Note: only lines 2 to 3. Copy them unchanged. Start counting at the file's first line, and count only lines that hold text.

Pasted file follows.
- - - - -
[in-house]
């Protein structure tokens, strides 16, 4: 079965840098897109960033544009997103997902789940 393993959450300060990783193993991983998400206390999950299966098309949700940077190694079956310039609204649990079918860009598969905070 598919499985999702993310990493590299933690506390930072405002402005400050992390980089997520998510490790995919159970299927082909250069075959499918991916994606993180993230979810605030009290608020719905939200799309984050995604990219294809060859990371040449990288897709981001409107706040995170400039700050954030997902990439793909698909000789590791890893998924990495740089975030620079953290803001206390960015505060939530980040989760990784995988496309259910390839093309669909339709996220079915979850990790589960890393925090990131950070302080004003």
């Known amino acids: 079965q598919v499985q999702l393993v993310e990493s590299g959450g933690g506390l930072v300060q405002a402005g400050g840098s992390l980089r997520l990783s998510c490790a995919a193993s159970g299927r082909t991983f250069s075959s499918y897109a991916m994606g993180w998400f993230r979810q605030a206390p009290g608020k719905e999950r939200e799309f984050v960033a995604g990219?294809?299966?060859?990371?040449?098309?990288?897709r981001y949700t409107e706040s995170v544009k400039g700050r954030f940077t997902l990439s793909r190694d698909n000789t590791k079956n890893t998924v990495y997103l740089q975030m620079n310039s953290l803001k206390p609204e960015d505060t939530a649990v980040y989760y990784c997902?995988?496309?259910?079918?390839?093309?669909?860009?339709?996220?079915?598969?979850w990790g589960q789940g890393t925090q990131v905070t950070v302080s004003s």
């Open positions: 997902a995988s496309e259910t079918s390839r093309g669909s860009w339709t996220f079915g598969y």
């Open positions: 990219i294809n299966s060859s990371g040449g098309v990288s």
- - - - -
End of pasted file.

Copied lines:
């Protein structure tokens, strides 16, 4: 079965840098897109960033544009997103997902789940 393993959450300060990783193993991983998400206390999950299966098309949700940077190694079956310039609204649990079918860009598969905070 598919499985999702993310990493590299933690506390930072405002402005400050992390980089997520998510490790995919159970299927082909250069075959499918991916994606993180993230979810605030009290608020719905939200799309984050995604990219294809060859990371040449990288897709981001409107706040995170400039700050954030997902990439793909698909000789590791890893998924990495740089975030620079953290803001206390960015505060939530980040989760990784995988496309259910390839093309669909339709996220079915979850990790589960890393925090990131950070302080004003």
């Known amino acids: 079965q598919v499985q999702l393993v993310e990493s590299g959450g933690g506390l930072v300060q405002a402005g400050g840098s992390l980089r997520l990783s998510c490790a995919a193993s159970g299927r082909t991983f250069s075959s499918y897109a991916m994606g993180w998400f993230r979810q605030a206390p009290g608020k719905e999950r939200e799309f984050v960033a995604g990219?294809?299966?060859?990371?040449?098309?990288?897709r981001y949700t409107e706040s995170v544009k400039g700050r954030f940077t997902l990439s793909r190694d698909n000789t590791k079956n890893t998924v990495y997103l740089q975030m620079n310039s953290l803001k206390p609204e960015d505060t939530a649990v980040y989760y990784c997902?995988?496309?259910?079918?390839?093309?669909?860009?339709?996220?079915?598969?979850w990790g589960q789940g890393t925090q990131v905070t950070v302080s004003s």